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Has the Second Circuit (Unwittingly) Breathed Life into the Nostrils of Imperial Chinese Government Bonds?

Has the Second Circuit (Unwittingly) Breathed Life into the Nostrils of Imperial Chinese Government Bonds?

G. Mitu Gulati 

Duke University - School of Law

October 14, 2013

The attached letter from one Horatio D. Gadfly will form the basis of the term project for my class at the Duke Law School in the spring semester of 2014. The course is entitled “International Debt Transactions”.

Holders of long-defaulted bonds issued by the Chinese Imperial Government and Tsarist Russian Government have faced two insurmountable obstacles to the enforcement of those instruments in U.S. courts:

(i) Federal courts had previously ruled that the “absolute” theory of sovereign immunity which prevailed in the United States until 1952 applied to debt obligations issued by foreign governments prior to that time. (Under the absolute theory of sovereign immunity, foreign states could not be sued in U.S. courts without their consent.)

(ii) The statute of limitations (six years for contract cases in New York) will have long since expired on those old bonds.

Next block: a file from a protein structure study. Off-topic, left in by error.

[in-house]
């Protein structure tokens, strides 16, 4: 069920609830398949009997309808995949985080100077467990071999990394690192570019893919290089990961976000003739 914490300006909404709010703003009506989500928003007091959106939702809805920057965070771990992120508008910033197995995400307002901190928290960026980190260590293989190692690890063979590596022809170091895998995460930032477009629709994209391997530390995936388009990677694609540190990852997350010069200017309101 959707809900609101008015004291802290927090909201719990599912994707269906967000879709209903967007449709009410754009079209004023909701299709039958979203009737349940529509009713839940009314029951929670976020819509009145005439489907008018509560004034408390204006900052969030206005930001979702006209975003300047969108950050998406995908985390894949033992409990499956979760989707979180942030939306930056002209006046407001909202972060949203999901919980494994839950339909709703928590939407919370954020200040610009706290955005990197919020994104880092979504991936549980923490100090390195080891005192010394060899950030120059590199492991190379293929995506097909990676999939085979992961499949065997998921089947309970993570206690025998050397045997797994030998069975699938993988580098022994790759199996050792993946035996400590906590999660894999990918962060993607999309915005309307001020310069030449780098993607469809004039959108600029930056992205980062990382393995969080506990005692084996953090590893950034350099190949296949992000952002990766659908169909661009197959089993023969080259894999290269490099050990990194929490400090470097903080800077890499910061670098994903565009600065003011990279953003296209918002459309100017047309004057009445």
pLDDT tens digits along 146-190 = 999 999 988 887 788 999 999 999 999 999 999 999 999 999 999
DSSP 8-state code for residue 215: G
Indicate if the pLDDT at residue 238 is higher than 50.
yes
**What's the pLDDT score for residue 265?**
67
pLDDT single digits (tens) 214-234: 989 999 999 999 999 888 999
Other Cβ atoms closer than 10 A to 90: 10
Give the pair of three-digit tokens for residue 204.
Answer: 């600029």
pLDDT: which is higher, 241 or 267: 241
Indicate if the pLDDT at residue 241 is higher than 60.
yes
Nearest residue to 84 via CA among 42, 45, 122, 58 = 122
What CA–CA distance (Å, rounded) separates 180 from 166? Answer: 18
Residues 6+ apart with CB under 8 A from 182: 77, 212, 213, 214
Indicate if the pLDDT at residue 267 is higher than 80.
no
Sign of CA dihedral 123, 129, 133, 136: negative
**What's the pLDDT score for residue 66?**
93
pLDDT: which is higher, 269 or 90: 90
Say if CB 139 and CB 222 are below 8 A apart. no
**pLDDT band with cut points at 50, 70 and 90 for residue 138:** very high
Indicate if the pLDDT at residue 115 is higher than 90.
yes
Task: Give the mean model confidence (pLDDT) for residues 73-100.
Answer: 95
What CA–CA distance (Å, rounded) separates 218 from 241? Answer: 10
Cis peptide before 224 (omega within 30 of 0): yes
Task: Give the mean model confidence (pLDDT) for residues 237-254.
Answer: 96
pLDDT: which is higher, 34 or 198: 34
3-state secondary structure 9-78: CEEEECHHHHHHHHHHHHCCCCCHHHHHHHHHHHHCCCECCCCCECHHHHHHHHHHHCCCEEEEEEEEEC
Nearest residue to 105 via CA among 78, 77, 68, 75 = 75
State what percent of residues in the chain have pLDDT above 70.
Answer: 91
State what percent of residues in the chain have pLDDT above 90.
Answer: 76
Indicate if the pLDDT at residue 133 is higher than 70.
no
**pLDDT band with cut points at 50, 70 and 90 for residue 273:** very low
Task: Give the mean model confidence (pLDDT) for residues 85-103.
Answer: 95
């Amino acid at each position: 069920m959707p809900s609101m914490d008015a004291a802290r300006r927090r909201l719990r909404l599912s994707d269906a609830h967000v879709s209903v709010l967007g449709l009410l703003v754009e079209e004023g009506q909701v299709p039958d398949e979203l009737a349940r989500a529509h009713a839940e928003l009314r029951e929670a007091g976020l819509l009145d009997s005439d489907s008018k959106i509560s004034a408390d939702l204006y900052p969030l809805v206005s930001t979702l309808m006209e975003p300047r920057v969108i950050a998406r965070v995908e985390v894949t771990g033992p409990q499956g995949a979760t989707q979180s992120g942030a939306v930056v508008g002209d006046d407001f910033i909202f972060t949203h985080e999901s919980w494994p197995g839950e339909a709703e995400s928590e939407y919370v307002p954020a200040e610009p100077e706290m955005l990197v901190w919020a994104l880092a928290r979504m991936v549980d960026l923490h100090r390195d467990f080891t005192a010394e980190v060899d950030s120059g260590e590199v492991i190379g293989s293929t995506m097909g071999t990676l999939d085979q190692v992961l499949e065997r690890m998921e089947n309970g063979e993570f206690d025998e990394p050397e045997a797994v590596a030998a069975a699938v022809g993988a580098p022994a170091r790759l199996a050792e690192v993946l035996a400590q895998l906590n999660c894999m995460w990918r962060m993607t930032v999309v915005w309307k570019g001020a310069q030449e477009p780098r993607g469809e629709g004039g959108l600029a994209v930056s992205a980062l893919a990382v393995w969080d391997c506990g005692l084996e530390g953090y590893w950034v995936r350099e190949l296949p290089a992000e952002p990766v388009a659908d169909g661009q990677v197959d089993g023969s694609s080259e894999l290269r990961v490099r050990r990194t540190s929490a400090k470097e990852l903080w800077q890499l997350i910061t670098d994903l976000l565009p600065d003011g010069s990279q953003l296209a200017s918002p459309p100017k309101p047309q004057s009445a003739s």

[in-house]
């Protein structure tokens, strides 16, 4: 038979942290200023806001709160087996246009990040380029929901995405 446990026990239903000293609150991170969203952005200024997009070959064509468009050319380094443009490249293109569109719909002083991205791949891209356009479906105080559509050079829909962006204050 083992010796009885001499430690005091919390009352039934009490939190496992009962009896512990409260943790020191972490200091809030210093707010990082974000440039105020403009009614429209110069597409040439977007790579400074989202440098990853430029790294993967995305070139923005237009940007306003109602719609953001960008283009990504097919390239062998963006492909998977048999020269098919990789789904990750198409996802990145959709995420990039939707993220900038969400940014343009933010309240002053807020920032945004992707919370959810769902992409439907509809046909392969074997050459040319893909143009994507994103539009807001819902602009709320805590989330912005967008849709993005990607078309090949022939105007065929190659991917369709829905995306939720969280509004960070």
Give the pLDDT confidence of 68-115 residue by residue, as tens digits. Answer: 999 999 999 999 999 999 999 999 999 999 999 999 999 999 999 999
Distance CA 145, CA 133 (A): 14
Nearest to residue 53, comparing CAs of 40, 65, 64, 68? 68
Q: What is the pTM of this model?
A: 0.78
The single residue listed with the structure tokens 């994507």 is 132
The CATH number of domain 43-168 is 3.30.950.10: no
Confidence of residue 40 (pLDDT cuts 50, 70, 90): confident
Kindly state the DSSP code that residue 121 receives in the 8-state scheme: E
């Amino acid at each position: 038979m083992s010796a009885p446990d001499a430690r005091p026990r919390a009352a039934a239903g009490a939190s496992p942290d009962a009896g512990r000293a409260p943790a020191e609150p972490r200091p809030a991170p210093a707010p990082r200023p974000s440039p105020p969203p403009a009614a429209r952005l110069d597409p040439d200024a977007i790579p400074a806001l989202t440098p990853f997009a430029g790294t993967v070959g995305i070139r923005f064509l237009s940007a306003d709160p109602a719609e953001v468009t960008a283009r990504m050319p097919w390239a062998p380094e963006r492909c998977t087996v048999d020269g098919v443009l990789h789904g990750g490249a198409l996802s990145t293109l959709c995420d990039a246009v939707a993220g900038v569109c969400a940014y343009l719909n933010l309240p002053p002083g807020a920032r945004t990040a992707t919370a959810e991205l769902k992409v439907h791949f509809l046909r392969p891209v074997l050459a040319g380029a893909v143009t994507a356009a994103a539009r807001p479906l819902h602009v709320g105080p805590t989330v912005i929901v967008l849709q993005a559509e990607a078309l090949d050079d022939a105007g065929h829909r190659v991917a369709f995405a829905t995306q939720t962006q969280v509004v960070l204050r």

A Supreme Court case decided in 2004 (Austria v. Altmann) reversed the old rule about applying absolute sovereign immunity to claims arising prior to 1952. Under the Supreme Court’s new approach, a federal judge should apply the U.S. sovereign immunity rules prevailing at the time an action is commenced, not the rules that existed when the debt was issued.

As for the statute of limitations, the Second Circuit Court of Appeals ruled in 2012 that a debt instrument containing a financial covenant (in that case, a promise to maintain the equal ranking of bonds) is breached each time the issuer makes a payment to other creditors in violation of the covenant. The decision may imply that the statute of limitations is commenced afresh for the enforcement (by specific performance or injunction) of the financial covenant in the old bonds each time a payment under new instruments is made in violation of the covenant. See NML v. Argentina.

Taken together, these two decisions could possibly, just possibly, breathe life into the nostrils of some sovereign bonds that have for 60 years been esteemed principally for their aesthetic, as opposed to their financial, characteristics. At the very least, magnifying glasses will be trained on framed sovereign bonds hanging in foyers, physician waiting rooms and bathrooms around the country.
Number of Pages in PDF File: 9
Keywords: sovereign debt
JEL Classification: F3
working papers series 

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